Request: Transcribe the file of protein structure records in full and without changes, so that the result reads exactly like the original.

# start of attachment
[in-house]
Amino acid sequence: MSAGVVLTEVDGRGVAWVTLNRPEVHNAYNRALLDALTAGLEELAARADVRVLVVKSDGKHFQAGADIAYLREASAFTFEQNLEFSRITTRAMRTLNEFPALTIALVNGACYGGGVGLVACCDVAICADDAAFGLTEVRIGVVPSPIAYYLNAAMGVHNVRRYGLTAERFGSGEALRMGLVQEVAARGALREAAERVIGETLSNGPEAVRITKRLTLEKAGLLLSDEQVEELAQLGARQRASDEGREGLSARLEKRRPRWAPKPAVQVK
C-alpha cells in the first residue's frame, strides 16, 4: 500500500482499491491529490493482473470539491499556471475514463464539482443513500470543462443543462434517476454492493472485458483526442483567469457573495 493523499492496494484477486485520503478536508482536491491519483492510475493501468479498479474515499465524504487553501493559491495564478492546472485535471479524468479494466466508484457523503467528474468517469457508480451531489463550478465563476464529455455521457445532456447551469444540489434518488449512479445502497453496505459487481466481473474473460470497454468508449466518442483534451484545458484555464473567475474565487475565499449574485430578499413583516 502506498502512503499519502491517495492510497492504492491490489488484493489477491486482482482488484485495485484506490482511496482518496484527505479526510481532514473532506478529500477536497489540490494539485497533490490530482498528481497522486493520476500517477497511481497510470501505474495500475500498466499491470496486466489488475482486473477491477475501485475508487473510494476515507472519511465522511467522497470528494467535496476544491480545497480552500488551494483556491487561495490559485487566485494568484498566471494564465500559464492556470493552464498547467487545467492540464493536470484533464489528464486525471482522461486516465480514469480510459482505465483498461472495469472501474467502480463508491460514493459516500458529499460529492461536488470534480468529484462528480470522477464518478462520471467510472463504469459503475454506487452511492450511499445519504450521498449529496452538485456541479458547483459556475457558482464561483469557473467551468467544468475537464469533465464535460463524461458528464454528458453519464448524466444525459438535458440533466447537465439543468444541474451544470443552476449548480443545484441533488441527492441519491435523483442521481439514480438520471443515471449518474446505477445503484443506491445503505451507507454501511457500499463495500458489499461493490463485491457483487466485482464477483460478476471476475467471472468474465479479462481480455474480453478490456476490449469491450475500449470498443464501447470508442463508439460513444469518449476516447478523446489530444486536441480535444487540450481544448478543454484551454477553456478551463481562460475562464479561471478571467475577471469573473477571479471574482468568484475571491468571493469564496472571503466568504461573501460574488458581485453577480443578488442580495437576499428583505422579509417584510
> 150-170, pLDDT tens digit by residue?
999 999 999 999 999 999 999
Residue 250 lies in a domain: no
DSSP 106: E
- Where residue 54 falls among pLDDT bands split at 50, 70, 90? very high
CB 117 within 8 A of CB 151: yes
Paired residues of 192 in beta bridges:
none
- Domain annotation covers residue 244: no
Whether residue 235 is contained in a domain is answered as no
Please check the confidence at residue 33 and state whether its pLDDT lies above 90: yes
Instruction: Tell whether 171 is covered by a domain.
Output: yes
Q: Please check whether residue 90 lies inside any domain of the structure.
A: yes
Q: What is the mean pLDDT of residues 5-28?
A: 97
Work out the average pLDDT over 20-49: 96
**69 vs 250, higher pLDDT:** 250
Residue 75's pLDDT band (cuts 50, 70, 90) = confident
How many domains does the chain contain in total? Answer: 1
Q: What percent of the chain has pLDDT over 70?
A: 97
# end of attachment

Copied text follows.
[in-house]
Amino acid sequence: MSAGVVLTEVDGRGVAWVTLNRPEVHNAYNRALLDALTAGLEELAARADVRVLVVKSDGKHFQAGADIAYLREASAFTFEQNLEFSRITTRAMRTLNEFPALTIALVNGACYGGGVGLVACCDVAICADDAAFGLTEVRIGVVPSPIAYYLNAAMGVHNVRRYGLTAERFGSGEALRMGLVQEVAARGALREAAERVIGETLSNGPEAVRITKRLTLEKAGLLLSDEQVEELAQLGARQRASDEGREGLSARLEKRRPRWAPKPAVQVK
C-alpha cells in the first residue's frame, strides 16, 4: 500500500482499491491529490493482473470539491499556471475514463464539482443513500470543462443543462434517476454492493472485458483526442483567469457573495 493523499492496494484477486485520503478536508482536491491519483492510475493501468479498479474515499465524504487553501493559491495564478492546472485535471479524468479494466466508484457523503467528474468517469457508480451531489463550478465563476464529455455521457445532456447551469444540489434518488449512479445502497453496505459487481466481473474473460470497454468508449466518442483534451484545458484555464473567475474565487475565499449574485430578499413583516 502506498502512503499519502491517495492510497492504492491490489488484493489477491486482482482488484485495485484506490482511496482518496484527505479526510481532514473532506478529500477536497489540490494539485497533490490530482498528481497522486493520476500517477497511481497510470501505474495500475500498466499491470496486466489488475482486473477491477475501485475508487473510494476515507472519511465522511467522497470528494467535496476544491480545497480552500488551494483556491487561495490559485487566485494568484498566471494564465500559464492556470493552464498547467487545467492540464493536470484533464489528464486525471482522461486516465480514469480510459482505465483498461472495469472501474467502480463508491460514493459516500458529499460529492461536488470534480468529484462528480470522477464518478462520471467510472463504469459503475454506487452511492450511499445519504450521498449529496452538485456541479458547483459556475457558482464561483469557473467551468467544468475537464469533465464535460463524461458528464454528458453519464448524466444525459438535458440533466447537465439543468444541474451544470443552476449548480443545484441533488441527492441519491435523483442521481439514480438520471443515471449518474446505477445503484443506491445503505451507507454501511457500499463495500458489499461493490463485491457483487466485482464477483460478476471476475467471472468474465479479462481480455474480453478490456476490449469491450475500449470498443464501447470508442463508439460513444469518449476516447478523446489530444486536441480535444487540450481544448478543454484551454477553456478551463481562460475562464479561471478571467475577471469573473477571479471574482468568484475571491468571493469564496472571503466568504461573501460574488458581485453577480443578488442580495437576499428583505422579509417584510
> 150-170, pLDDT tens digit by residue?
999 999 999 999 999 999 999
Residue 250 lies in a domain: no
DSSP 106: E
- Where residue 54 falls among pLDDT bands split at 50, 70, 90? very high
CB 117 within 8 A of CB 151: yes
Paired residues of 192 in beta bridges:
none
- Domain annotation covers residue 244: no
Whether residue 235 is contained in a domain is answered as no
Please check the confidence at residue 33 and state whether its pLDDT lies above 90: yes
Instruction: Tell whether 171 is covered by a domain.
Output: yes
Q: Please check whether residue 90 lies inside any domain of the structure.
A: yes
Q: What is the mean pLDDT of residues 5-28?
A: 97
Work out the average pLDDT over 20-49: 96
**69 vs 250, higher pLDDT:** 250
Residue 75's pLDDT band (cuts 50, 70, 90) = confident
How many domains does the chain contain in total? Answer: 1
Q: What percent of the chain has pLDDT over 70?
A: 97